Can Blockchain Be Applied as a Solution for Integrity in the Seafood Supply Chain?

Seafood fraud is a big issue in the food service industry. In fact, nearly a third of all seafood products that consumers are able to purchase do not have the same thing that it claims. With limited regulation in this industry, there is no real way to estimate how many millions of dollars are lost each year as the result of price suppression and lost profits. Along with the loss of revenue, consumers are put at risk for infections, allergic reactions, and stomach irritation with all of this tampering and lack of information.

Right now, there are multiple companies and organizations that are seeking to wipe out this fraud, which occurs between the supply chain and even the treatment of employees. The entire oceanic ecosystem can be thrown off course, which means that conservationists have a stake in this preservation as well.

One company that is making strides is Sea To Table, who is one of the largest and most trusted suppliers of seafood. They started by purchasing their fish from local fisherman, selling directly to the customer with no supply chain at all. They earned a place as one of the most trusted options for seafood, earning a significant following. Unfortunately, the Associated Press recently accused them of the exact fraudulent schemes that they have been fighting against, based on the use of the terms “local” and “wild caught.”

For this reason, the seafood industry may be able to turn to the use of blockchain. There are multiple companies in favor of this transparent solution, though they are still trying to figure out how to use it. Distributed Ledger Technology (DLT) would have a substantial benefit, considering the immutability that it holds. Anything that happens on this type of ledger would remain on it for the whole time the blockchain is active, and any person in the network would have access.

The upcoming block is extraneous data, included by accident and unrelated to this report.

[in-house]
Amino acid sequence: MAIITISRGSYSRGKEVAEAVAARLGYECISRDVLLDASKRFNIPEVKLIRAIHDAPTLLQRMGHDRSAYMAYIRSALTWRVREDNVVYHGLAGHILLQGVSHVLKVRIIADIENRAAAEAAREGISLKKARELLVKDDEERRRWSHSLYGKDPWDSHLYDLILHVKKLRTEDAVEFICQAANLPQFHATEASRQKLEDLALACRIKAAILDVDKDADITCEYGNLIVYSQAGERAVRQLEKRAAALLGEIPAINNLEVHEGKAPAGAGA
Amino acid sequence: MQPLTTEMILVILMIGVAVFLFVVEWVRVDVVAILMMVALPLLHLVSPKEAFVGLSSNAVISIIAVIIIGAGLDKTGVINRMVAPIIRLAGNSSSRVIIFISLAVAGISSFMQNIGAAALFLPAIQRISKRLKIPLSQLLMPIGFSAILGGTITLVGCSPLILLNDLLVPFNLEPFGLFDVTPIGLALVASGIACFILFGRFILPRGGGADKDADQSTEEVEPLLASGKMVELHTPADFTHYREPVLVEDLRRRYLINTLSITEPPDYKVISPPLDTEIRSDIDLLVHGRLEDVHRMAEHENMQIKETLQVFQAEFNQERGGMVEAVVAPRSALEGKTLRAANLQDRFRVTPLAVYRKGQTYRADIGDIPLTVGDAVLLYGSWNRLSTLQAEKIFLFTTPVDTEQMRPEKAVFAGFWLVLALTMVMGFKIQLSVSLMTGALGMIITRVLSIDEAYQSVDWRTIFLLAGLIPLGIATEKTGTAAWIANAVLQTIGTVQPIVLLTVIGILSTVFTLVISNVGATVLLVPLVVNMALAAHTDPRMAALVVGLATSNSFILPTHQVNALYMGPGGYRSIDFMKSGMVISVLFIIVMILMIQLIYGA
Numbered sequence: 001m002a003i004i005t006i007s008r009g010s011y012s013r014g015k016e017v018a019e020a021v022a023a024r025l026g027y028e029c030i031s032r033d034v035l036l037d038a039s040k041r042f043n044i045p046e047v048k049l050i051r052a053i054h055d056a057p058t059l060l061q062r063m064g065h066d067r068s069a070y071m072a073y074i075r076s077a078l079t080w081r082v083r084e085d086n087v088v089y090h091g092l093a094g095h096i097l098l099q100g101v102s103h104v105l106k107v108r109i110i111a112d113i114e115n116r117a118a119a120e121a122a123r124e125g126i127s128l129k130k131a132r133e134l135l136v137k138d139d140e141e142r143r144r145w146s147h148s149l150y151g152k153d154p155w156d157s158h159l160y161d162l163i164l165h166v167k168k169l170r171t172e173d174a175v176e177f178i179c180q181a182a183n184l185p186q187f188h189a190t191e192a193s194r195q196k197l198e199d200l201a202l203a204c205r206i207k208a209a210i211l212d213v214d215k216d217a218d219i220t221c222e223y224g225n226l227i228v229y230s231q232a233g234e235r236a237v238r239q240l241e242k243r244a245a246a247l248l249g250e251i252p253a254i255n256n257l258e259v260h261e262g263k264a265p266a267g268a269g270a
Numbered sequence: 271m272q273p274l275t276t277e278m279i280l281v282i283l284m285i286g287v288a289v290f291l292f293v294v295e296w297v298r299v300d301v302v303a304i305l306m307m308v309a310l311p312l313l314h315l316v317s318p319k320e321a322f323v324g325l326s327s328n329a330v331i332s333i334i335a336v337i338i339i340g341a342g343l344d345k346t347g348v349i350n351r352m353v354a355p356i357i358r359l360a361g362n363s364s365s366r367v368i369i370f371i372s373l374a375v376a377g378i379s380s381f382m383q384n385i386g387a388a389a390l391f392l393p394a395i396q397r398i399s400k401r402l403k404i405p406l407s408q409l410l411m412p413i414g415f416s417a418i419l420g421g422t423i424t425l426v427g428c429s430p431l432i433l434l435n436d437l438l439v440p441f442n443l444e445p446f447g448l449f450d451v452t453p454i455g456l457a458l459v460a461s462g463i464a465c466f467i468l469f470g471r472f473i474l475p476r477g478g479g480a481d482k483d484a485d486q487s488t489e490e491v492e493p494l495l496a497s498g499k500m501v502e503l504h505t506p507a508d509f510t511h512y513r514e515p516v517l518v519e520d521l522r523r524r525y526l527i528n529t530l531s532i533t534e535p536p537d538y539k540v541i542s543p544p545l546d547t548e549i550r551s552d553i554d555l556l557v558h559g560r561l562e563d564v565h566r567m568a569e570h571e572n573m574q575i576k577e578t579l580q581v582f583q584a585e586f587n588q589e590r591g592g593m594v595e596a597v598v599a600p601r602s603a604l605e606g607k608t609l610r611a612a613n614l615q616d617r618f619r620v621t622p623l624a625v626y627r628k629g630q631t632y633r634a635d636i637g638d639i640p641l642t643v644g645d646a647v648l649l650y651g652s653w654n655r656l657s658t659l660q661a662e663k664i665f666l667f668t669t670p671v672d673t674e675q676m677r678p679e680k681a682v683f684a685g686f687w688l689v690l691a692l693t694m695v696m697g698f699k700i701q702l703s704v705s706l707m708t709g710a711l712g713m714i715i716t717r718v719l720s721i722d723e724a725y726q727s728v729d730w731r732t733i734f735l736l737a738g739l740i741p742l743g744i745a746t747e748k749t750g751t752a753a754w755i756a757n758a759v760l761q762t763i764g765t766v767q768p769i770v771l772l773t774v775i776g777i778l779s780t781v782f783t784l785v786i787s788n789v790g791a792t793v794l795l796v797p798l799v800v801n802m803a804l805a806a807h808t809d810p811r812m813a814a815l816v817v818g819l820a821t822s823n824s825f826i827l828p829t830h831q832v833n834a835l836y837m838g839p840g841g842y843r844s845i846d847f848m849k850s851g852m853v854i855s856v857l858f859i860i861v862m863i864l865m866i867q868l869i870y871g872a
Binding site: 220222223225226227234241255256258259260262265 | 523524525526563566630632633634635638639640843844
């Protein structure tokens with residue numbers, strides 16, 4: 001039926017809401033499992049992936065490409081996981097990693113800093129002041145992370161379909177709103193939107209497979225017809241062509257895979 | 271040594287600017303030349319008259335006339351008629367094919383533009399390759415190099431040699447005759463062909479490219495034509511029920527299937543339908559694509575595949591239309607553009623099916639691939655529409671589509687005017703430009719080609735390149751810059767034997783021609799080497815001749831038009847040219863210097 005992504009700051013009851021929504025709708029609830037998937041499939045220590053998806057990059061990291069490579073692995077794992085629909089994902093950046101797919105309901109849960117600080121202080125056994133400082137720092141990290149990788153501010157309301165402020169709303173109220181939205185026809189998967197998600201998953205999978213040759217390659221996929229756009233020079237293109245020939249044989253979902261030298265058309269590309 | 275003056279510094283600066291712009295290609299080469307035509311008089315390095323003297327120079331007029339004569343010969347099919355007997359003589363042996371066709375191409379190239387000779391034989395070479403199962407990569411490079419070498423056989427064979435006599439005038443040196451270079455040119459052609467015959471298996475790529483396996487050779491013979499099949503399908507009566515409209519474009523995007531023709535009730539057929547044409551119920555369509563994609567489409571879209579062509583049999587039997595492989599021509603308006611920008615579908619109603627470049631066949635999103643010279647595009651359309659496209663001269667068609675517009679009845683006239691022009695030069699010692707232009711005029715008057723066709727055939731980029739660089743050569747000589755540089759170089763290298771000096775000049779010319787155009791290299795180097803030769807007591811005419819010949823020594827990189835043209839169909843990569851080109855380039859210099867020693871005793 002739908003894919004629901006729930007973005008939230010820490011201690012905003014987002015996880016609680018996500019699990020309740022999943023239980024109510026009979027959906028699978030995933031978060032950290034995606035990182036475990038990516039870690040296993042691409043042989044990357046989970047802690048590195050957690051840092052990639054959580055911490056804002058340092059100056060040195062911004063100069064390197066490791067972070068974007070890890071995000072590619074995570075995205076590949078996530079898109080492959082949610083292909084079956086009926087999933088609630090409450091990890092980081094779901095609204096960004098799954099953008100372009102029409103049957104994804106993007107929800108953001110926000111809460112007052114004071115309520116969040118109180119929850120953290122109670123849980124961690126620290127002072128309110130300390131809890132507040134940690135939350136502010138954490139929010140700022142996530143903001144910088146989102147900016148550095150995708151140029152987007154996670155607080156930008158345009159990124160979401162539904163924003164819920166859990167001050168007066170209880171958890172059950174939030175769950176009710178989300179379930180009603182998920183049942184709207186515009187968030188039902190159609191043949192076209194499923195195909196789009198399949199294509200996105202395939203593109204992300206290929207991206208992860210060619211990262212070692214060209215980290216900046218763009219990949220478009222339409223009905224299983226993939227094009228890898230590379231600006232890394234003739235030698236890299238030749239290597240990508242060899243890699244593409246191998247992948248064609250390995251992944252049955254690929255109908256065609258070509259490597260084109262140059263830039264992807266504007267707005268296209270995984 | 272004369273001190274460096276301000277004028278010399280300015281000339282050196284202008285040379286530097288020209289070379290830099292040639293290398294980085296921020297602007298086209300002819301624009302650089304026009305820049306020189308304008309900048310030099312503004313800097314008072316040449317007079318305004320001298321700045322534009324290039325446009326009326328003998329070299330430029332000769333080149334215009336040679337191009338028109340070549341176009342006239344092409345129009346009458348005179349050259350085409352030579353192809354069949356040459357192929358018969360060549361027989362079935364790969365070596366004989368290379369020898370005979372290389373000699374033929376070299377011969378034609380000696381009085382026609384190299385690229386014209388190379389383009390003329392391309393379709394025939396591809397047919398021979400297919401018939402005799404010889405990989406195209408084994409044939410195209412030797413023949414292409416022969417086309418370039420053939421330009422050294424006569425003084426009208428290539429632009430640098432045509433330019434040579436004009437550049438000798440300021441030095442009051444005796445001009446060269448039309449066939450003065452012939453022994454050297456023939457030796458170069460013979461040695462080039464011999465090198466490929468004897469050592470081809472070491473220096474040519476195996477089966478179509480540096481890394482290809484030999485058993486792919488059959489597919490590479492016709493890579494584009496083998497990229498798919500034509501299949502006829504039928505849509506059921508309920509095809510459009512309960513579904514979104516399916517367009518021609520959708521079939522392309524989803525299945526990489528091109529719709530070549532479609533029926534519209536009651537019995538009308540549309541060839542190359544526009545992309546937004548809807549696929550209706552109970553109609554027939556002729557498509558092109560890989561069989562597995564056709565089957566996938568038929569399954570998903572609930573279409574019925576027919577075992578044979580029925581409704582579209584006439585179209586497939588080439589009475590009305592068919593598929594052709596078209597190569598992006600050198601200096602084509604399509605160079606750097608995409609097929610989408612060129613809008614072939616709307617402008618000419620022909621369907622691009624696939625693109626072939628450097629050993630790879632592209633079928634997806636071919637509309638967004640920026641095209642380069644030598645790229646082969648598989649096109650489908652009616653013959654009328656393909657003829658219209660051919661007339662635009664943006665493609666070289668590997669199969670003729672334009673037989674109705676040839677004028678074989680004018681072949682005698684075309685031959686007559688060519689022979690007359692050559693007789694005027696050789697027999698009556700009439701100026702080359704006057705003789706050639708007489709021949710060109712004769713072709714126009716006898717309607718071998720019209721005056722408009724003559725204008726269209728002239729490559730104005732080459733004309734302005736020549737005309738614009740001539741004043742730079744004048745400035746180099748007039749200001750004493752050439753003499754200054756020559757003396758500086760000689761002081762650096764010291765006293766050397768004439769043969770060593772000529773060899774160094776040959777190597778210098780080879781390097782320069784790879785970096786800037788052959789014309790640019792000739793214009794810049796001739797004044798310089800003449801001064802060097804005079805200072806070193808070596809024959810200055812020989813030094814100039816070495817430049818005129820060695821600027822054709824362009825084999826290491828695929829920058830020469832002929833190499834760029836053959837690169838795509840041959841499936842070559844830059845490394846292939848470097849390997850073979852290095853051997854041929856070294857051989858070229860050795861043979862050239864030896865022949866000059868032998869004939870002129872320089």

There are many companies that are already involved in blockchain individually, like the recent changes to IBM, which is better known as Big Blue. They have been in an innovative company with global logistics supply changes, and they have used it for food traceability as well. They were involved in the collaboration between Big Blue, Walmart, and, which developed the Blockchain Food Safety Alliance. This is just a testimony of the fact that the use of blockchain for following seafood from the sea to the plate is just as possible, and every consumer can see the origins of the food that they eat. Furthermore, since the blockchain cannot be altered, there is no risk of fraud.

VeChain and HyperLedger are both improving supply chain management with their different sensors, which have included RFID (Radio Frequency Identification), NFC (Near Field Contact) sensors, and QR codes. HyperLedger has specifically been working on a separate project called Sawtooth, specifically working on sustainable fishing solutions.

Despite looking for solutions for integrity amongst the fraud in this industry, there are many companies that are still trying to make a difference in their own businesses. Consumers can look for QR codes on their canned tuna and other seafood to check the entire path it took before being mixed into a sandwich or a seafood medley.

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